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The Dead Lands by Benjamin Percy
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Into The West.

If you have been reading as long as I have, you will have come across more than a few post-apocalyptic novels. I’m not exactly sure what the attraction is, but I think it might be the contradictory pleasure of destroying one world and re-creating another. Whatever the case, a writer needs to find a fresh new take if they want their book stand out. The Dead Lands, by Benjamin Percy has some new angles, but it didn’t blow me away.

The Dead Lands is essentially based on the western adventures of the Corps of Discovery; two of its main characters even share almost identical names; Lewis Meriwether and Mina Clark, which is kind of conceptually audacious, but aside from that it doesn’t mean too much.

In the future, one hundred fifty years after war and disease and famine have nearly destroyed the world, St. Louis, now called the Sanctuary, is a shielded community that has managed to survive through a militant defense and draconian leadership. Life there is brutal and harsh, unless you are the Mayor or one of his cronies. For all they know they may be the last city left in the world, until one day a rider shows up, claiming to be from the West, with tales of bountiful water and food, but also the threat of a dangerous army, bent on conquest. Her name is Gawea. The Mayor, who is almost a caricature of the evil bureaucrat, wants to execute her. A guard, Clark, and the town historian/curator, Lewis, decide to sneak out of the city and head West. They are followed by a small yet plucky group of ragtag explorers, and the rest of the novel follows the explorers on their trek, and some of their friends left in the city who decide to rebel and overthrow their dictatorial leaders.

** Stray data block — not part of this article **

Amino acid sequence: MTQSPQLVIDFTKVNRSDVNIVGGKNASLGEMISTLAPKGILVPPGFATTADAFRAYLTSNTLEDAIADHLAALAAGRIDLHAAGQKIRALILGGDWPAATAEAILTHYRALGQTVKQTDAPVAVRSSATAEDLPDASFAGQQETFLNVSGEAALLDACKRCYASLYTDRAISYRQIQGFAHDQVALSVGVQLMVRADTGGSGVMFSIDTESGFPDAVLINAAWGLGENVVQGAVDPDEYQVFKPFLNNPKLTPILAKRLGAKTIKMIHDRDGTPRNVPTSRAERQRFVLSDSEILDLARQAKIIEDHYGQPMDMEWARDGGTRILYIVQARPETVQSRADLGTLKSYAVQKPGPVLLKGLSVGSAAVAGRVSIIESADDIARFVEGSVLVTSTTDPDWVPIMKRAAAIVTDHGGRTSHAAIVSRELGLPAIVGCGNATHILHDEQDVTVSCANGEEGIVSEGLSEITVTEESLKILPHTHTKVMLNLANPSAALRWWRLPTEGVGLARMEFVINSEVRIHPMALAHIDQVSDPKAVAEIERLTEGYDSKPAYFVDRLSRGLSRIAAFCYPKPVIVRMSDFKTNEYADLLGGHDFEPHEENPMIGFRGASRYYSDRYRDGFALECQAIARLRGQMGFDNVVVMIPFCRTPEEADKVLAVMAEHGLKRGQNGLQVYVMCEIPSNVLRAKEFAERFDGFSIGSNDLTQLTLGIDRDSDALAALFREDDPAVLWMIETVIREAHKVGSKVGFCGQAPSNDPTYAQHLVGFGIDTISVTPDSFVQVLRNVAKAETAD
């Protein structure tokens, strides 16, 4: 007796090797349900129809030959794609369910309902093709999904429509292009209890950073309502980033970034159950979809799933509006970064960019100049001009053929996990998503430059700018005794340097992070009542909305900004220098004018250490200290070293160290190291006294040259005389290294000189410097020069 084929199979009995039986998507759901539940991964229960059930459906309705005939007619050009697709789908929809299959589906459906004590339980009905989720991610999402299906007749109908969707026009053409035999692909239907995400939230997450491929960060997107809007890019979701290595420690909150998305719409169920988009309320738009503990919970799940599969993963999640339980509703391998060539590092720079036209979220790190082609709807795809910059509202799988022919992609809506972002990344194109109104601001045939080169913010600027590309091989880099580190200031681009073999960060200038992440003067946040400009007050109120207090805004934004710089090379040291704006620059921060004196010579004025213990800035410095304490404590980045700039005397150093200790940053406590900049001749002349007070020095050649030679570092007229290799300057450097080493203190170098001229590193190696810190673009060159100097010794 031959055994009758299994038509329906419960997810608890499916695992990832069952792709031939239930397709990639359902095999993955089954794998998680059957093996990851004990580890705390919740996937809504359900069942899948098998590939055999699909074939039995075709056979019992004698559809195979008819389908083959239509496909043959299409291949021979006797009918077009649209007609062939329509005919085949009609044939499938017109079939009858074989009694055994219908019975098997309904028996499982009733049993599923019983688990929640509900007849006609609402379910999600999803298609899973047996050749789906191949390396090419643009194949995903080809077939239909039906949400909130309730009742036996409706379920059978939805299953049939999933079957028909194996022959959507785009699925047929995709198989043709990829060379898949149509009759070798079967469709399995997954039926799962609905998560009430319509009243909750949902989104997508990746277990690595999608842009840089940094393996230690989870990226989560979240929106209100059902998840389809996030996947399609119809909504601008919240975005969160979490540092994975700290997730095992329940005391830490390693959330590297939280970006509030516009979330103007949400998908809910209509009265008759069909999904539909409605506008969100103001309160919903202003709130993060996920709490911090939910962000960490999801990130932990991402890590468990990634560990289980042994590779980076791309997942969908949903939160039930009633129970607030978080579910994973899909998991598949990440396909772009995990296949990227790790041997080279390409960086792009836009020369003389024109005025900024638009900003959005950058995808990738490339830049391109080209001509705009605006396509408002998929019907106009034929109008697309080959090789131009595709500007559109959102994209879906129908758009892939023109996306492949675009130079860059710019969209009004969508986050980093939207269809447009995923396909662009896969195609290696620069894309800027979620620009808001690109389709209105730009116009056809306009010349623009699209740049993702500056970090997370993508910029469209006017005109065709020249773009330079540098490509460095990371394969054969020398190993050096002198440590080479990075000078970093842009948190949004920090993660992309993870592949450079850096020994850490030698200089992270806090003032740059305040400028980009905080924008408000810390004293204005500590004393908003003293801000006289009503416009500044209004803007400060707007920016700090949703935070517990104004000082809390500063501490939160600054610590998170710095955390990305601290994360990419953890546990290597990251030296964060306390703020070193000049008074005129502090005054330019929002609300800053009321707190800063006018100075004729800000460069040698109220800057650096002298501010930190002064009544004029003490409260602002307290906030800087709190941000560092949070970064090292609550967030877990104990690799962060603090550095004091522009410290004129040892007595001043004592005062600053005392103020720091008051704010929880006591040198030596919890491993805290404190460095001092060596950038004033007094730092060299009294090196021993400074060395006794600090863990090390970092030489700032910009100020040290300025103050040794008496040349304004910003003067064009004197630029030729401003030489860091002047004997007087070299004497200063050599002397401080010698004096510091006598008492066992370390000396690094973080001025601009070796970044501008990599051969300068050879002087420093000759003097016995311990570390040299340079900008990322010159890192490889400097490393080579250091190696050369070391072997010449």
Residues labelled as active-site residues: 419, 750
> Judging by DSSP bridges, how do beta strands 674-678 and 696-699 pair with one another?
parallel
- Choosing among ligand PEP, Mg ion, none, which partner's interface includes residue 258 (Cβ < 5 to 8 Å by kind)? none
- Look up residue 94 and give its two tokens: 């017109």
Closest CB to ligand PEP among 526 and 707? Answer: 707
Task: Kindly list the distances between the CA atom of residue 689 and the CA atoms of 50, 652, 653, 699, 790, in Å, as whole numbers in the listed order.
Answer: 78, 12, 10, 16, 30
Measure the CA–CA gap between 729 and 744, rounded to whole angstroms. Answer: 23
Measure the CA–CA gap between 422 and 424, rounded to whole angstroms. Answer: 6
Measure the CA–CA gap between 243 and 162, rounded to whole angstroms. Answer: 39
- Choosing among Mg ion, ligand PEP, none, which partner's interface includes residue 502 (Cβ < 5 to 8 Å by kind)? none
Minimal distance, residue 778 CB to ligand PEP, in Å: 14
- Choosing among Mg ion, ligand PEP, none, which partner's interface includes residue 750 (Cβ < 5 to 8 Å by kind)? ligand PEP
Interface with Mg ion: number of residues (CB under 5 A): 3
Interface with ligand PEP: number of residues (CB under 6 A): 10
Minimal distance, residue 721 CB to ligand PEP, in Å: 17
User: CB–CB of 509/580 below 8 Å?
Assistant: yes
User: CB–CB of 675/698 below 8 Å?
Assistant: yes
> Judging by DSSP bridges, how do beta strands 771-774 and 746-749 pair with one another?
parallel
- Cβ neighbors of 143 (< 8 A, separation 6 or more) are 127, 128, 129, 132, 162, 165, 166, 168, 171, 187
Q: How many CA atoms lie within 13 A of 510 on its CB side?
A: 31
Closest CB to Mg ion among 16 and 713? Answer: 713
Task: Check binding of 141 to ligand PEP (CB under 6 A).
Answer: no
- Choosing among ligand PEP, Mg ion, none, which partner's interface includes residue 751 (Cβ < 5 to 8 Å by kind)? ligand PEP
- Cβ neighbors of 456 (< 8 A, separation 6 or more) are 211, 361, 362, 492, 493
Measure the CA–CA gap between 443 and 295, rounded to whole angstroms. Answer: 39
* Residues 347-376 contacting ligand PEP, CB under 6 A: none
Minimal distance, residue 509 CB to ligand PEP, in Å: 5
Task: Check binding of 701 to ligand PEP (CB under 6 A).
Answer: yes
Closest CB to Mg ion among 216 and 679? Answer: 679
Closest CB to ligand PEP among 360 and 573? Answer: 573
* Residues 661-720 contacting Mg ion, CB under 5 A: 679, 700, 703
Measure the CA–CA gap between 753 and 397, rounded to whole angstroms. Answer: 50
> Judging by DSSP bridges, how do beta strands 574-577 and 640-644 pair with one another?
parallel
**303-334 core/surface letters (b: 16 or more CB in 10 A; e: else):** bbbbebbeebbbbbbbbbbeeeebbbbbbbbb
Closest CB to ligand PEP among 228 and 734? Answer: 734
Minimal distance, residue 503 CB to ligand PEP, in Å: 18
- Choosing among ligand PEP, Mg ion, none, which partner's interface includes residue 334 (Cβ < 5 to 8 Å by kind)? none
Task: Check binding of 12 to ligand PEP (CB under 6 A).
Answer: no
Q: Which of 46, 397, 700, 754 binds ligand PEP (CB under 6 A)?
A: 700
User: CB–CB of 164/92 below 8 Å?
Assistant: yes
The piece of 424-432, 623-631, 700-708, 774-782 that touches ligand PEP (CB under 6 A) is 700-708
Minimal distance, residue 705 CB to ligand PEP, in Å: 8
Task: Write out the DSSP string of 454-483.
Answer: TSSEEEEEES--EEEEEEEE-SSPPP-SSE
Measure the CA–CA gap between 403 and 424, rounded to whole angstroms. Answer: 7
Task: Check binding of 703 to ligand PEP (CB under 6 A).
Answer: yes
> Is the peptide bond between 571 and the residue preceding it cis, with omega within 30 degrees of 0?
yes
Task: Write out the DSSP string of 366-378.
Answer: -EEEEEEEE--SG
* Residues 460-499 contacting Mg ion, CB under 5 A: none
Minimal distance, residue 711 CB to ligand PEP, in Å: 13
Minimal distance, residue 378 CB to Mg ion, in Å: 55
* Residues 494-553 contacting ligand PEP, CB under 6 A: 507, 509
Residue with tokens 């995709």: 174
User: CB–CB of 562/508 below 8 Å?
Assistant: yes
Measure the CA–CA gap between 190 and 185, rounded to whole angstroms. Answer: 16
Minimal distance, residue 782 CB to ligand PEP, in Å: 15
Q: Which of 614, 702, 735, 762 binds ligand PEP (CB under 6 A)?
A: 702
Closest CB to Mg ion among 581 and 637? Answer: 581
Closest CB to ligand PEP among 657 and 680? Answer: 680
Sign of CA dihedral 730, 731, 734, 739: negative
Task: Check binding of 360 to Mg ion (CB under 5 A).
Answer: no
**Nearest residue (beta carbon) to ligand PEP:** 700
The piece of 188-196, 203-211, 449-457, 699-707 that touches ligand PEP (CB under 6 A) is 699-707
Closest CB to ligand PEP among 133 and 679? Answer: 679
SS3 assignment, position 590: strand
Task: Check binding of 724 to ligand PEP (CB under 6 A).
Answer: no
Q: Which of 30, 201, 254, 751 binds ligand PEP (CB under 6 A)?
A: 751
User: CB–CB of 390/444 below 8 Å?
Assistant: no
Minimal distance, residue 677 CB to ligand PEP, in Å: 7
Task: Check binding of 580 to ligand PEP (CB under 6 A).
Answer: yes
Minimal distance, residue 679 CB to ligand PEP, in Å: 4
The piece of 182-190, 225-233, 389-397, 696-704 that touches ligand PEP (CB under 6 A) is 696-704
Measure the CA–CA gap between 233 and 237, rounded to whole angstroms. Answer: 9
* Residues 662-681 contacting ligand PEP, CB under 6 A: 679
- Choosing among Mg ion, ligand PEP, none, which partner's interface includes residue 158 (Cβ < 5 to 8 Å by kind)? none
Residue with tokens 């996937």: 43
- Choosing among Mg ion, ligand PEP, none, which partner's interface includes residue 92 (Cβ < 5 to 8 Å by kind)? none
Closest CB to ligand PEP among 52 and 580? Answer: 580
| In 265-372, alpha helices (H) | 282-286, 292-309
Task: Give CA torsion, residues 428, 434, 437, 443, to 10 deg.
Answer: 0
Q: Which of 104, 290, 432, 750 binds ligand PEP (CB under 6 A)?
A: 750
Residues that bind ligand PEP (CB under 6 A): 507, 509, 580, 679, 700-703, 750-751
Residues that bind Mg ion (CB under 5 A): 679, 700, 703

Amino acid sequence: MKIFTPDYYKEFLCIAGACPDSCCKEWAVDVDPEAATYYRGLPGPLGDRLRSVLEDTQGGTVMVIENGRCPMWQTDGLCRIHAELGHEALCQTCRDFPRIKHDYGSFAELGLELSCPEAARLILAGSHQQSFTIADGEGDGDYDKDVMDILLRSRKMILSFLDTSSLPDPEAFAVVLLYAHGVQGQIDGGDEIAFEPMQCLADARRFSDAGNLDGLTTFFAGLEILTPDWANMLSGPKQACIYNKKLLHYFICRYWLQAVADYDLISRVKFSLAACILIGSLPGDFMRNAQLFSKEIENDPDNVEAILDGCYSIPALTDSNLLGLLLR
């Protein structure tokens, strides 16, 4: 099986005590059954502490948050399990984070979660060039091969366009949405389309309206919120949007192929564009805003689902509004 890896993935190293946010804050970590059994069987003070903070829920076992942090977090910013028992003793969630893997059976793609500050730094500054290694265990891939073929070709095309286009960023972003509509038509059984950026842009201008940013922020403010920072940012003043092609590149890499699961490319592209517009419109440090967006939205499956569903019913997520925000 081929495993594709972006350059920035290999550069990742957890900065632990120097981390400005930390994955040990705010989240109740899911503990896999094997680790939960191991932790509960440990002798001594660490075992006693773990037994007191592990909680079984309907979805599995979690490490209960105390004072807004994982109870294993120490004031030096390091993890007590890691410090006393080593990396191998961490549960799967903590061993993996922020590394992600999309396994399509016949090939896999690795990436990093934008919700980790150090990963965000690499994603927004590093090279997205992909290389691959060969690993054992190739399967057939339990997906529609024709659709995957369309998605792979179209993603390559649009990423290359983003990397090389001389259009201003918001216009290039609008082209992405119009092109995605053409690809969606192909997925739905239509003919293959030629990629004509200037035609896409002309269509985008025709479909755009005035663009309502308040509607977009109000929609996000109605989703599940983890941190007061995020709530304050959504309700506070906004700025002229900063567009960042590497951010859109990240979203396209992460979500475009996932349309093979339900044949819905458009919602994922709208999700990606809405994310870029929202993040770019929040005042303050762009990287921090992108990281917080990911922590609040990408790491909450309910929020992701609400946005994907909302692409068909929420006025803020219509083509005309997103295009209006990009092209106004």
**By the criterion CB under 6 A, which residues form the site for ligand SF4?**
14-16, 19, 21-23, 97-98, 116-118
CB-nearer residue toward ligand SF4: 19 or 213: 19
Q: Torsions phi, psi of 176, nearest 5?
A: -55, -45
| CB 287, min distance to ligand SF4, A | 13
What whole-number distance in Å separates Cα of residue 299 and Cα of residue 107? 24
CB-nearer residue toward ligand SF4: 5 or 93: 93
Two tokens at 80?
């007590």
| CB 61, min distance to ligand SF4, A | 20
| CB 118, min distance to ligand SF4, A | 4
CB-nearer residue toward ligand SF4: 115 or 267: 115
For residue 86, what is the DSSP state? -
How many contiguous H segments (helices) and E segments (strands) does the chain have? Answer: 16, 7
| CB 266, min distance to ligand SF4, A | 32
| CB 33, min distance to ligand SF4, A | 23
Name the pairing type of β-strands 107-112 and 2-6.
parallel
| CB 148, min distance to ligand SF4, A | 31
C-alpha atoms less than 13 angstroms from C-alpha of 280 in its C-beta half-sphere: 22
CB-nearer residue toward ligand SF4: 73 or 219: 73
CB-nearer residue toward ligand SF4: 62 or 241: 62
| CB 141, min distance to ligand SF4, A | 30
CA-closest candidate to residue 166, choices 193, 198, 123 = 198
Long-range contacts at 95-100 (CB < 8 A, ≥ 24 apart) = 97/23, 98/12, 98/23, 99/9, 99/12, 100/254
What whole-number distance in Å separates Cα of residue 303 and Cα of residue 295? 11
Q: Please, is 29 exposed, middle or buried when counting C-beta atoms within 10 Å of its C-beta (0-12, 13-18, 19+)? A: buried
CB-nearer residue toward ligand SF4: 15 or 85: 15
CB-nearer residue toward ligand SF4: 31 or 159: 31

Mr. Percy’s prose is startling, but at times stilted. He knows how to plot, and keeps the various story-lines and characters rolling along. The action scenes were well-handled, and there was a lot of suspense. The main problem I had was with the characters. There are a variety of types, but I found most of them boring. With the exception of Mina, I was pretty much indifferent to their fates. While I kept reading to find out what would happen next, I really didn’t worry about the fate of most of the characters, which damped down the tension a bit. It wasn’t a question of them being likable or unlikeable, but just flat.

My other complaint was that near the end the action felt very compressed compared to the pace of the rest of the novel. It felt like Mr. Percy didn’t want to past a certain length, so he had to cram a lot in at the end. The world was a bit wonky as well, with giant vampire bats and charters developing “super” powers, which took away from what was otherwise a gritty and believable world. What frustrated me was that this book was so close to being a real knock-out, but fell just a little short. The Dead Lands is a solid novel, but I’m really looking forward to see what Mr. Percy does next.

Review by: Mark Palm
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Reading Progress

May 10, 2015 – Started Reading
May 10, 2015 – Shelved
July 10, 2015 – Finished Reading

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